Feb. 18, 1998

Dozens of Thai Infants Needlessly Infected with HIV in Unethical U.S. Government-funded Study

CDC Study in Thailand Confirms Short Course AZT is Better than Placebo in Preventing HIV Transmission from Mother to Infant

WASHINGTON, D.C. -- The Centers for Disease Control and Prevention (CDC) today released results of a study in Thailand confirming what the U.S. government knew four years ago: short courses of the drug AZT are highly effective in reducing the transmission of HIV from pregnant women to infants. The study, conducted in Bangkok, demonstrated that while 19% of infants whose mothers got a placebo became infected, only 9.2% of those whose mothers received AZT beginning 3 to 6 weeks before delivery and by mouth during labor were infected, a reduction in infant infections of 51%.

For almost a year, Public Citizen has been waging a campaign against over a dozen studies in developing countries, most funded by the CDC and National Institutes of Health (NIH), that denied HIV-positive pregnant women access to AZT, a drug that, when given for somewhat longer periods during pregnancy and intravenously during delivery, reduces mother-to-infant HIV transmission by two-thirds. Public Citizen, joined by several medical ethicists and the New England Journal of Medicine, argued that researchers were obligated to provide patients with the best proven therapy.

"We have been telling them this would happen for almost a year now," said Public Citizen Research Associate Peter Lurie, MD, MPH, "and now we?ve been proved right. The tragedy is that precious time and money have been wasted, dozens of infants in the CDC trial alone are now unnecessarily HIV-positive and we still aren?t sure if the shorter regimens are as good as the longer ones."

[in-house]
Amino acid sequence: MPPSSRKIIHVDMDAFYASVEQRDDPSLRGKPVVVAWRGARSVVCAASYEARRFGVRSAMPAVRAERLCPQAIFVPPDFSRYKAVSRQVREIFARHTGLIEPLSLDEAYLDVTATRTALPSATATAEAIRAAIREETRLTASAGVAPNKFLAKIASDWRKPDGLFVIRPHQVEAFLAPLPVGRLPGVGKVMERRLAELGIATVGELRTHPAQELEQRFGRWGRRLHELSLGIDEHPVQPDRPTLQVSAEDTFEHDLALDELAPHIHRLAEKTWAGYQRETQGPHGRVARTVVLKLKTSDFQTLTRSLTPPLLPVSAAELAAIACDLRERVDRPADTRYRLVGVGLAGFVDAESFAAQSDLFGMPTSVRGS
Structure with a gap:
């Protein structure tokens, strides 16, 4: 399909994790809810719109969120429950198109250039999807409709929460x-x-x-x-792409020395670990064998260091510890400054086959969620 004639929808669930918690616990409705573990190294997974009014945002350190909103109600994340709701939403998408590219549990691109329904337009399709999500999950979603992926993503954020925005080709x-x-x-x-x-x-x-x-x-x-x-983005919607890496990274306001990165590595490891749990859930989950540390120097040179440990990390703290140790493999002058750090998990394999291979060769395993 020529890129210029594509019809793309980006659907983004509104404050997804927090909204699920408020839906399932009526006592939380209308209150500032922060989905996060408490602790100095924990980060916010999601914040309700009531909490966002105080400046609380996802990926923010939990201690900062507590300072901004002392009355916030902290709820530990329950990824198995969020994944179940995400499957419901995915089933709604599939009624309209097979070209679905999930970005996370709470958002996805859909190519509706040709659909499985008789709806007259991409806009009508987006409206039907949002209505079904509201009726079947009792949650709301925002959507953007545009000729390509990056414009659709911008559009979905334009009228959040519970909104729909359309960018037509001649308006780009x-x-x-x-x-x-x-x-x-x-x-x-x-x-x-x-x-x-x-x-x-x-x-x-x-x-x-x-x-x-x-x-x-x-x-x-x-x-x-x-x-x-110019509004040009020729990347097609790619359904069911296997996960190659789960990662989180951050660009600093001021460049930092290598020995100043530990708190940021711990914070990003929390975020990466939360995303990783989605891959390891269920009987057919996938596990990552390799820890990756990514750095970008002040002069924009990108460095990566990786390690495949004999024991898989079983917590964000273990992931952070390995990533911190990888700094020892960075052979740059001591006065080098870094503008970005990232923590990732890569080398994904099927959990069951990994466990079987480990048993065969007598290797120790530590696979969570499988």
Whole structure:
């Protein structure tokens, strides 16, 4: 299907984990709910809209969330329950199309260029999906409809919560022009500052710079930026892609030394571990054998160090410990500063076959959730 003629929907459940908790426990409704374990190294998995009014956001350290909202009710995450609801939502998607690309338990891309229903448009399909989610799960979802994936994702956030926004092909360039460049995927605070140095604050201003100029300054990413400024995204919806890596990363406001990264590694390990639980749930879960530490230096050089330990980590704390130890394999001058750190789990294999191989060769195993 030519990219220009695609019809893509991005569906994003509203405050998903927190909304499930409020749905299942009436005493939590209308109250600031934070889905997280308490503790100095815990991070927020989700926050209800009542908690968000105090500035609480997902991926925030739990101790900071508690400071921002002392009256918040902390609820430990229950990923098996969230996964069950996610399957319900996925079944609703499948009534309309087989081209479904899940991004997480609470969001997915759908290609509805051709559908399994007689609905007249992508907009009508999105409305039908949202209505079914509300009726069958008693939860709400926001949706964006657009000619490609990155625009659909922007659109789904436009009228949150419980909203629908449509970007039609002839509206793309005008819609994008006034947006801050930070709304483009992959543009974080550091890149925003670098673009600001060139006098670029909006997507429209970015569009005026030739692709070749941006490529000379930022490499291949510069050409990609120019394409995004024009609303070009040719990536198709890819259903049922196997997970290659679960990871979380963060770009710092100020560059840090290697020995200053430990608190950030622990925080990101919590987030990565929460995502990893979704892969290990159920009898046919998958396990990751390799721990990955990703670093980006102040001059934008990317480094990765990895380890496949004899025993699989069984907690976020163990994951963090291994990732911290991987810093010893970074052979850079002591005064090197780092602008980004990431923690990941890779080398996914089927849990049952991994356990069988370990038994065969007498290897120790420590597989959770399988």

Since April 1997, Public Citizen has recommended that the studies be redesigned to compare the shorter regimens to the longer ones (rather than to placebos), a design called an equivalency study. Such a study has been funded by the NIH in Thailand. This design was endorsed recently by Dr. Hiroshi Nakajima, Director of the World Health Organization, which through the UNAIDS Program is sponsoring one of the placebo-controlled trials. In an interview at the African AIDS Conference in early December in Abidjan, Cote d?Ivoire, Dr. Nakajima stated that the placebo-controlled trials were "unjustifiable ... even in Asia, even in Africa." (See attached official translation of Agence France Presse story quoting Dr. Nakajima and also Dr. Luc Montagnier, discoverer of the AIDS virus as also saying the placebo studies are unethical.)

The results of the CDC study announced today are similar to a pre-planned subgroup analysis of the data from the placebo-controlled trial that first demonstrated the dramatic superiority of a regimen including a longer duration of pre-delivery AZT compared to placebo. In that subgroup analysis, the data from which we obtained recently, women receiving an average of seven weeks of AZT prior to delivery transmitted HIV to their infants only 7.7% of the time, compared to 22.9% of those given placebo (see attached graph). We have learned that, although these data were presented at a closed NIH meeting in February, 1994, they were not presented or discussed at a crucial June, 1994 World Health Organization-sponsored meeting at which placebo-controlled studies were recommended as the best choice for testing short-course AZT therapy. "Had they only paid attention to the results of their own earlier studies, this disgraceful loss of life would have been avoided," said Dr. Sidney M. Wolfe, Director of Public Citizen?s Health Research Group.

Public Citizen added that any remaining study in which a group of women does not receive AZT or equivalent drugs must be immediately redesigned. In October, we announced that an NIH-funded trial in Ethiopia eliminated its placebo group. At that time, Dr. Joseph Saba of the UNAIDS Program indicated that if one of the placebo-controlled trials was positive, all of the trials would have to stop prematurely in their current design. Dr. Jack Killen of the NIH agreed that all placebo-controlled trials would have to be redesigned if the CDC?s Thailand study was positive. "Like a stack of dominoes, everything will be rethought," he told the Baltimore Sun.

"It is time for the researchers to admit they erred, for us all to commit to studies that do not unnecessarily leave patients in danger, and get on with the business of getting this proven effective therapy to patients in the developing world," said Dr. Lurie.

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